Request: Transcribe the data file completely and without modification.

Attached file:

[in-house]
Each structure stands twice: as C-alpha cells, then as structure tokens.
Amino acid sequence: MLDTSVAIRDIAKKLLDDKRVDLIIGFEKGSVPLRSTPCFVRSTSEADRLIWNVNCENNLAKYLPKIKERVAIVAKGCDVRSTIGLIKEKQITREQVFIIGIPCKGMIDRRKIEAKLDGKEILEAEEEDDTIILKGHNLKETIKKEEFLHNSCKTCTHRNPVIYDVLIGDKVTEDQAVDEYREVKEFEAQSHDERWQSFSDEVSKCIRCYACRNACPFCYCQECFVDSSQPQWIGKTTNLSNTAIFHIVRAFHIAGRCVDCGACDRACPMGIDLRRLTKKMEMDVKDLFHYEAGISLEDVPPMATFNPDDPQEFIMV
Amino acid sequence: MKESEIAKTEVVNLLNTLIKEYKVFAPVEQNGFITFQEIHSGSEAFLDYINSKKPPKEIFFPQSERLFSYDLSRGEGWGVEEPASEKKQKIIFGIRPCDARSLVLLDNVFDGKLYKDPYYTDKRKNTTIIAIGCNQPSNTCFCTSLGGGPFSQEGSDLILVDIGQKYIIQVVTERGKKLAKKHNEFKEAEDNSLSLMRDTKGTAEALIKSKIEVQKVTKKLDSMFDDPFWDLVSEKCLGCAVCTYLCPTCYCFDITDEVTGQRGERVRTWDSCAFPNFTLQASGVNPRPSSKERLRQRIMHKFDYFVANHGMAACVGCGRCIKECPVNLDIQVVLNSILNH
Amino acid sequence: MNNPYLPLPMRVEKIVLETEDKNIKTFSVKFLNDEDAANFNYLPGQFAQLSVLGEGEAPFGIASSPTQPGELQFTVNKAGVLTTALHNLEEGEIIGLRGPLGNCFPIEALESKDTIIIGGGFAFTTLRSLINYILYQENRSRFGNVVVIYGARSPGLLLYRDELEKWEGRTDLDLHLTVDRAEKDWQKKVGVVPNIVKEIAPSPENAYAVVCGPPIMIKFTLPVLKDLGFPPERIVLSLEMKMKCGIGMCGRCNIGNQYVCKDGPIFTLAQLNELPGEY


[in-house]
Each structure stands twice: as C-alpha cells, then as structure tokens.
Amino acid sequence: MLDTSVAIRDIAKKLLDDKRVDLIIGFEKGSVPLRSTPCFVRSTSEADRLIWNVNCENNLAKYLPKIKERVAIVAKGCDVRSTIGLIKEKQITREQVFIIGIPCKGMIDRRKIEAKLDGKEILEAEEEDDTIILKGHNLKETIKKEEFLHNSCKTCTHRNPVIYDVLIGDKVTEDQAVDEYREVKEFEAQSHDERWQSFSDEVSKCIRCYACRNACPFCYCQECFVDSSQPQWIGKTTNLSNTAIFHIVRAFHIAGRCVDCGACDRACPMGIDLRRLTKKMEMDVKDLFHYEAGISLEDVPPMATFNPDDPQEFIMV
Amino acid sequence: MKESEIAKTEVVNLLNTLIKEYKVFAPVEQNGFITFQEIHSGSEAFLDYINSKKPPKEIFFPQSERLFSYDLSRGEGWGVEEPASEKKQKIIFGIRPCDARSLVLLDNVFDGKLYKDPYYTDKRKNTTIIAIGCNQPSNTCFCTSLGGGPFSQEGSDLILVDIGQKYIIQVVTERGKKLAKKHNEFKEAEDNSLSLMRDTKGTAEALIKSKIEVQKVTKKLDSMFDDPFWDLVSEKCLGCAVCTYLCPTCYCFDITDEVTGQRGERVRTWDSCAFPNFTLQASGVNPRPSSKERLRQRIMHKFDYFVANHGMAACVGCGRCIKECPVNLDIQVVLNSILNH
Amino acid sequence: MNNPYLPLPMRVEKIVLETEDKNIKTFSVKFLNDEDAANFNYLPGQFAQLSVLGEGEAPFGIASSPTQPGELQFTVNKAGVLTTALHNLEEGEIIGLRGPLGNCFPIEALESKDTIIIGGGFAFTTLRSLINYILYQENRSRFGNVVVIYGARSPGLLLYRDELEKWEGRTDLDLHLTVDRAEKDWQKKVGVVPNIVKEIAPSPENAYAVVCGPPIMIKFTLPVLKDLGFPPERIVLSLEMKMKCGIGMCGRCNIGNQYVCKDGPIFTLAQLNELPGEY